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China Brief and Analysis

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China Brief and Analysis


The Xia dynasty was the first to be recognized in China and lasted for a period ranging between 2200 to 1750 B.C, which marked the shift from the late Neolithic Age to the Bronze Age. This dynasty lasted through the period of cultural growth as well as dynastic succession, which led to the attainment of increasingly urbanized development of the Shang Dynasty(Olson, & Prestowitz, 2011). Over the numerous millennia, China managed to absorb people within the surrounding areas to its citizens through the adoption of the most useful innovations and institutions of those people that they conquered. These are the achievements that attracted people within China’s peripheries. The refinement of the Chinese citizens’ talent, artistic and intellectual creativity, as well as their sheer weight in numbers, has made China civilization to be predominant in East Asia.

In China, before the initiation of economic enhancement reforms as well as trade liberation in almost 40 years ago, the country upheld strategies that enabled it to keep its economy at an impoverished state, controlled, stagnant, relatively isolated and widely inefficient globally. However, the opening of the international trade implementation and investment reforms, China has been a level ground with nations that have been experiencing accelerated growth of their economies with actual annual gross domestic product GDP growth averaging approximately 9.5%. This is one of the fastest sustained expansion by a critical economy in history. This kind of growth has made it possible for China to double its GDP on average and raise a considerable number of people out of poverty. It’s important to note that the unceasing struggle during the agrarian Chinese over the threat posed to the security and way of life by non-Chinese peoples within their territory contributed a lot to its growth (Olson, & Prestowitz, 2011). After the imperial rule came to an end, a prolonged period of social, economic growth followed together with social, political discord. The republic of China came into being after the communist party take over the control of the mainland and created a scene for the development of a different society that was based on a Marxist-Leninist model complete with a class scuffle and popular politics that were all the time fashioned and under the directions of the CCP. Despite the threats, Chin managed to move on and seized control over Tibet and adopted a political refinement movement against “enemies of the state” and promoted “class struggle” within the sponsorship of agrarian improvement as a portion of the “transition to socialism.”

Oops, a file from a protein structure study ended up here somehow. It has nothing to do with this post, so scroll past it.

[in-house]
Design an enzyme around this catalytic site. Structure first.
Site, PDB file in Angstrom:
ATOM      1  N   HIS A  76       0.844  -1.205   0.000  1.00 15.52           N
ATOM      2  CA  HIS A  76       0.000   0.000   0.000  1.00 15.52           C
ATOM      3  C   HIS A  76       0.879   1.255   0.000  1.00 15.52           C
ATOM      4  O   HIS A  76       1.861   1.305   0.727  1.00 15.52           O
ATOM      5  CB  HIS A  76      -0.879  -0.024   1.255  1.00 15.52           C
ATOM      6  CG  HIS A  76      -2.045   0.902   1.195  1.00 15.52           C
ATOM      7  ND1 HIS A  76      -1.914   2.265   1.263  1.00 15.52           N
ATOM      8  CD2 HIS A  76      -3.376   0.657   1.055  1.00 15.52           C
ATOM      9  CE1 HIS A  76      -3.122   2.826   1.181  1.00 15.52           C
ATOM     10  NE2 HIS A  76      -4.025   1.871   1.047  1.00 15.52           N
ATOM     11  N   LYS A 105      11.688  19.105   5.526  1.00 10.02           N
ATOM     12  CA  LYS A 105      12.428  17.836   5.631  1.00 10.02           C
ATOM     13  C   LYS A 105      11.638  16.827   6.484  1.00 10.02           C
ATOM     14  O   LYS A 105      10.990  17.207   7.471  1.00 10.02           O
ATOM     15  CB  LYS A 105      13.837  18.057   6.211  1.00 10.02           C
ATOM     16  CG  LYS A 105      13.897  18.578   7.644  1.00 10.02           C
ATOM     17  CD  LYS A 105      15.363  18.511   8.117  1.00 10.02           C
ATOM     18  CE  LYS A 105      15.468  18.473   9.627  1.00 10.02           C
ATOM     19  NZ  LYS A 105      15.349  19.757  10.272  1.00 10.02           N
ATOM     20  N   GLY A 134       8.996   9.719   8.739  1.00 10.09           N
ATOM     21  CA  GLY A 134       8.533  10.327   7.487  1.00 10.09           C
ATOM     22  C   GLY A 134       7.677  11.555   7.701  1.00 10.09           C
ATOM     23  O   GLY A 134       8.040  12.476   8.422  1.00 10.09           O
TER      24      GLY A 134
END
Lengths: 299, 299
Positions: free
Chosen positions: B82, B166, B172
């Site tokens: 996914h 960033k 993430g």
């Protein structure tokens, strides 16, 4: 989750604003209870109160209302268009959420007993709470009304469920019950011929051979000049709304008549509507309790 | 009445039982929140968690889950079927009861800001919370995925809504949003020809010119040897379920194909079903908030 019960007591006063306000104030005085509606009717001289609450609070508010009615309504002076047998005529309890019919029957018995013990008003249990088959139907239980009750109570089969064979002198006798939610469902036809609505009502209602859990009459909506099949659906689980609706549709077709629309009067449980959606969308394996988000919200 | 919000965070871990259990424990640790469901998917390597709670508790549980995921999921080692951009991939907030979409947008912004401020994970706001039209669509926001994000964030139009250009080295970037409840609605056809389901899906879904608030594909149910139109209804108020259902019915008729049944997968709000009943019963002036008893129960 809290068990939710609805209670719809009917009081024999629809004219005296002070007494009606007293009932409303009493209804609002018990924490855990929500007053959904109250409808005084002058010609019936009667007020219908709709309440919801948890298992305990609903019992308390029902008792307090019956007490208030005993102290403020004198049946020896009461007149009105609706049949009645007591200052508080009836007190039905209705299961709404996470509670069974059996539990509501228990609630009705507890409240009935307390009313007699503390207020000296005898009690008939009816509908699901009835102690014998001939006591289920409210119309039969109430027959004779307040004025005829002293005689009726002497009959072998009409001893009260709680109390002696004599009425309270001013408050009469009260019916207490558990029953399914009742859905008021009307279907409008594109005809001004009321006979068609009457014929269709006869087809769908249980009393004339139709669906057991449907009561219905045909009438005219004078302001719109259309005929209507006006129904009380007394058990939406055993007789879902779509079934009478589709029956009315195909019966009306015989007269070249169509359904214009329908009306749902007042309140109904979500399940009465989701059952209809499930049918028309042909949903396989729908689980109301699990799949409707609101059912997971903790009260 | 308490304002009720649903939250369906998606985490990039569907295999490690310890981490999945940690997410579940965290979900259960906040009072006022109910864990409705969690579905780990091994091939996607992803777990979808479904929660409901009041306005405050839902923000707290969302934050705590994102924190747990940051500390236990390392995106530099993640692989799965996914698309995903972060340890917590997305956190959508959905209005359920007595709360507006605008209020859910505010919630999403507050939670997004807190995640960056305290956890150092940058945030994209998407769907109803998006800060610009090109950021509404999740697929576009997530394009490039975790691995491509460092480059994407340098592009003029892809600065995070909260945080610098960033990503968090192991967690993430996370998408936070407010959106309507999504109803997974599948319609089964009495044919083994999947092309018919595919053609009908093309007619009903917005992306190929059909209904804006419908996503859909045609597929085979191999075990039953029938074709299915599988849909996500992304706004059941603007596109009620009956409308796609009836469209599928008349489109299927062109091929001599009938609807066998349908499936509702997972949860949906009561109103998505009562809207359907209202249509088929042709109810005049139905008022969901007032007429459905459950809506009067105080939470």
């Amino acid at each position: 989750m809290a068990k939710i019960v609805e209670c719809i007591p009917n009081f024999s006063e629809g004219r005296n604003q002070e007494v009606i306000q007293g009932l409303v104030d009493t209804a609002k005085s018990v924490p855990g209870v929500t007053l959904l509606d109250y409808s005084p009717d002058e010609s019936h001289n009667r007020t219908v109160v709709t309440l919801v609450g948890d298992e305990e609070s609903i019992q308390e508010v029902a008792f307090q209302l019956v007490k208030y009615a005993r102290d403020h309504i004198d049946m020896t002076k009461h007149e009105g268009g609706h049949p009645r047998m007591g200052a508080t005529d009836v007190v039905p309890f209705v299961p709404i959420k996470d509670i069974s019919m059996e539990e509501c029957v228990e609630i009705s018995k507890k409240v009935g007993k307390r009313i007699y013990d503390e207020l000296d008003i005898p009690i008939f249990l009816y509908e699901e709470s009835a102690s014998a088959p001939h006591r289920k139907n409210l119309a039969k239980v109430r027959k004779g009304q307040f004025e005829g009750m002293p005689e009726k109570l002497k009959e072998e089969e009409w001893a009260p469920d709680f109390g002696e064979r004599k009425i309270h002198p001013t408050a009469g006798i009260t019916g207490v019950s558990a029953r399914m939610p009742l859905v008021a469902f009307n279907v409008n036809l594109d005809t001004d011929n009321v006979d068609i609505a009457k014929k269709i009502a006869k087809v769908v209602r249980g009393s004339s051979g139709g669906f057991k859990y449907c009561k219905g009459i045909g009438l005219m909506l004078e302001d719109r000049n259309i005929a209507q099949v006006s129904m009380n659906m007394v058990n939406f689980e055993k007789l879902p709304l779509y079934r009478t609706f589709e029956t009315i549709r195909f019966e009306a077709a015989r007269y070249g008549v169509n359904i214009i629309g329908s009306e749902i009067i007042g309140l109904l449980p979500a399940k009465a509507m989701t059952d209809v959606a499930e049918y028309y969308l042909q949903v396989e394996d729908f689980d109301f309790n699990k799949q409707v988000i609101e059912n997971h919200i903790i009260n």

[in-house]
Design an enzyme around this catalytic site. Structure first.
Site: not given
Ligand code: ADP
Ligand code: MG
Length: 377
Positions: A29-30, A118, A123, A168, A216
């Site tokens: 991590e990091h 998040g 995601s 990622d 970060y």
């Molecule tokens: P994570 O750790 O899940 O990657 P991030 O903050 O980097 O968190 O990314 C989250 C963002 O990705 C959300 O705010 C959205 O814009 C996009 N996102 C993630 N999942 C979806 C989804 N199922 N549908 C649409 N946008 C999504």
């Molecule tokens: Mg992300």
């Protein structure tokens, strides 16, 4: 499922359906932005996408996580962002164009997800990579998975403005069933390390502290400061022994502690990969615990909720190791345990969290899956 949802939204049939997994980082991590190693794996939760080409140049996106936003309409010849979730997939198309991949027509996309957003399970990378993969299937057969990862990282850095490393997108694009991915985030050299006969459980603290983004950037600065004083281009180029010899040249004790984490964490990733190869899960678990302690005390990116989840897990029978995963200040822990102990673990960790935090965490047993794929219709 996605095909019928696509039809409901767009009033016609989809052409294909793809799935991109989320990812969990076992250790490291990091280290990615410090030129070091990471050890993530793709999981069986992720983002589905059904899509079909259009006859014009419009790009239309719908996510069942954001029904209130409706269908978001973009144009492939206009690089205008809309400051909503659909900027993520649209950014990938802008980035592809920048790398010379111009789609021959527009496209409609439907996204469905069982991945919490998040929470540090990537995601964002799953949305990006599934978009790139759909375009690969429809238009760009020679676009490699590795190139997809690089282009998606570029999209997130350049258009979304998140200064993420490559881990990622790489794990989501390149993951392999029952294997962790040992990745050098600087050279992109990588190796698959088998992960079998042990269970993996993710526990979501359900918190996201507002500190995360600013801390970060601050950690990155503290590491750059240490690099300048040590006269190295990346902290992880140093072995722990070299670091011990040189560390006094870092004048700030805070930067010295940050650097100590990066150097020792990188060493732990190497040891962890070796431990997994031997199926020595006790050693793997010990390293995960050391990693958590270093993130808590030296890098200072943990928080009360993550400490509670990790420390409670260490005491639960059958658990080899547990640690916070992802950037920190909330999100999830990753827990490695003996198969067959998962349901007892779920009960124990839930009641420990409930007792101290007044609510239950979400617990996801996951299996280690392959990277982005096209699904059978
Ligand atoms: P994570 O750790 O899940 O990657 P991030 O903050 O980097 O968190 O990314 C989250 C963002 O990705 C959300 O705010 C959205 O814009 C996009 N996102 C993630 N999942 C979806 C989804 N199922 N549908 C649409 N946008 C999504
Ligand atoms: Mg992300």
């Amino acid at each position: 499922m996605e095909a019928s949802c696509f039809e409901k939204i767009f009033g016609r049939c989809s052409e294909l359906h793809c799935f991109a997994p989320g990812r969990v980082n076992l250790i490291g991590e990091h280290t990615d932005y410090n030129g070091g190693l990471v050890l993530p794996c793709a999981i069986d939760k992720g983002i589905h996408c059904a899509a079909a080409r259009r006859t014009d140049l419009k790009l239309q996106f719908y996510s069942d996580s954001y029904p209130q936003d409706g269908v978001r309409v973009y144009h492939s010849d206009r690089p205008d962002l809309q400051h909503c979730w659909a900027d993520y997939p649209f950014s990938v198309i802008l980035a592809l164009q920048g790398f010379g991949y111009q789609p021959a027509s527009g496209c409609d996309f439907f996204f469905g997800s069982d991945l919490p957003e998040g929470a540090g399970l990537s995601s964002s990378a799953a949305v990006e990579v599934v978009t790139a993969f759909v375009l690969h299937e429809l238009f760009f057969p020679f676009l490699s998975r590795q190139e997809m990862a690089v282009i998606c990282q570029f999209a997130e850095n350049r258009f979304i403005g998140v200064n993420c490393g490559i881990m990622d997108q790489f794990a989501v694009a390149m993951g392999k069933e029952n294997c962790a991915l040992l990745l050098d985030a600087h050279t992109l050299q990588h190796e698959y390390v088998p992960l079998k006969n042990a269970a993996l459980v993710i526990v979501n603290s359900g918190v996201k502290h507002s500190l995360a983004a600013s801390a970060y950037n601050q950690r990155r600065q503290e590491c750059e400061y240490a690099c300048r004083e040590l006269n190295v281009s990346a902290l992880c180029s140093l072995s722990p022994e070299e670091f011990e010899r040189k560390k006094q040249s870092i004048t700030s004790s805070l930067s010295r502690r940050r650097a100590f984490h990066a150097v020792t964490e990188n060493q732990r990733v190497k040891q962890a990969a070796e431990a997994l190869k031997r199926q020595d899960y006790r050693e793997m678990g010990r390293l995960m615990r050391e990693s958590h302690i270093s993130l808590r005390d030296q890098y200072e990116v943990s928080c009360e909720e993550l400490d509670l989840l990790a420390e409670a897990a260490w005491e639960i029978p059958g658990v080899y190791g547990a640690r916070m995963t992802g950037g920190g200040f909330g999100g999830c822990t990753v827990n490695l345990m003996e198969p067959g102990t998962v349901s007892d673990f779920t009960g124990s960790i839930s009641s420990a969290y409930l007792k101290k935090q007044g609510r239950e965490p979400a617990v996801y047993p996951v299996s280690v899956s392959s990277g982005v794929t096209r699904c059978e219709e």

China Political System

It is important to note that the People‘s Republic of China follows an authoritarian political system under the control of the communist party. Official controls have been undergoing severe tightening since 2007, particularly towards the media civil society, an approach that has backtracked to the legal developments that were started in the ’90s and early 2000s. Since the leadership of Mao Zedong, the communist party leaders have tried to remold China through the imposition of the communist ideology, an economy run by the state, and citizens under the absolute control of the party (Wang, 2007). These are some of the policies that have led to notable challenges such as the mass famine, and serious political turmoil.